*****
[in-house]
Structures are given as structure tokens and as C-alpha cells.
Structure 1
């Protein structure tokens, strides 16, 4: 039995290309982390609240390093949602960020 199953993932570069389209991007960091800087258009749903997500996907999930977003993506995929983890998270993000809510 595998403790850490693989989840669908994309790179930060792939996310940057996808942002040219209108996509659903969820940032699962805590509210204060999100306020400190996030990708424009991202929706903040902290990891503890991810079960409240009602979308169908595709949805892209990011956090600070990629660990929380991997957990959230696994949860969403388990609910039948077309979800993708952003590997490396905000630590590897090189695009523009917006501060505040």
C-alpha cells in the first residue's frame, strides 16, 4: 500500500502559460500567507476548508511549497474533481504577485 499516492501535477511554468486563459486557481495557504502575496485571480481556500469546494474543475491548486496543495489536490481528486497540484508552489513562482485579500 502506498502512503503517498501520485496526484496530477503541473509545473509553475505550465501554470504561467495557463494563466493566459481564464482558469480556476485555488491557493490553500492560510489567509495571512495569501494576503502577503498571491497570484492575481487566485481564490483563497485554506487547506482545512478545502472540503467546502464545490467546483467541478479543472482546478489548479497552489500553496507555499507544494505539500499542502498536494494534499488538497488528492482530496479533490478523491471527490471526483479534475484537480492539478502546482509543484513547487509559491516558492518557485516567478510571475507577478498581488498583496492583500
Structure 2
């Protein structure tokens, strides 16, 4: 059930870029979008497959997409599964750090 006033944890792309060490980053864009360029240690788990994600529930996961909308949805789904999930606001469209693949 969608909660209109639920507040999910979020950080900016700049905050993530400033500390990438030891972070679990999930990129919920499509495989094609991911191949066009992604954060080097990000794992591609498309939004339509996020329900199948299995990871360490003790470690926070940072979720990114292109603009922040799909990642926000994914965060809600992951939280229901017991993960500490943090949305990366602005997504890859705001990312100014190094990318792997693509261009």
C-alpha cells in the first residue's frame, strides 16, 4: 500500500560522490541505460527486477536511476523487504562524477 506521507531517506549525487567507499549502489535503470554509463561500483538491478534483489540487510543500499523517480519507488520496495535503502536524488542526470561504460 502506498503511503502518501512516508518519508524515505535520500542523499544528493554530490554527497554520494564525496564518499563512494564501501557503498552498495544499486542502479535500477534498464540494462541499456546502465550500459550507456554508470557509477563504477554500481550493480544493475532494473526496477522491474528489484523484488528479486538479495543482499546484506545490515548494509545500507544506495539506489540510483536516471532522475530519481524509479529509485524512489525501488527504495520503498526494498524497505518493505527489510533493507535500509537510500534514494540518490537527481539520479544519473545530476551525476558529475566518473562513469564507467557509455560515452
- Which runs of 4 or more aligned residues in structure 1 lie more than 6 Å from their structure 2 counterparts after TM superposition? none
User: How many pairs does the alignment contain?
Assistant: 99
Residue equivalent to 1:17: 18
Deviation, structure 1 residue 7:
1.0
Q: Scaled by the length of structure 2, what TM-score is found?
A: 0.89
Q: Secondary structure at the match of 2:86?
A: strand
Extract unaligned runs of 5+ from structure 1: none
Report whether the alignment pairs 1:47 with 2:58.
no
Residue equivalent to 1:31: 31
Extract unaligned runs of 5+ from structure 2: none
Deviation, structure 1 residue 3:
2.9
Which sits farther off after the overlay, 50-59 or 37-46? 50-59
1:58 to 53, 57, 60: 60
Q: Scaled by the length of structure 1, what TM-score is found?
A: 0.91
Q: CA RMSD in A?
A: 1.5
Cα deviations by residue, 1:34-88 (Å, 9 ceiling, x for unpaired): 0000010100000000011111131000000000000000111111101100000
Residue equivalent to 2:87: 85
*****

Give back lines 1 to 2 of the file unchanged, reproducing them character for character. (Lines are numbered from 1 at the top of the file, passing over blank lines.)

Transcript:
[in-house]
Structures are given as structure tokens and as C-alpha cells.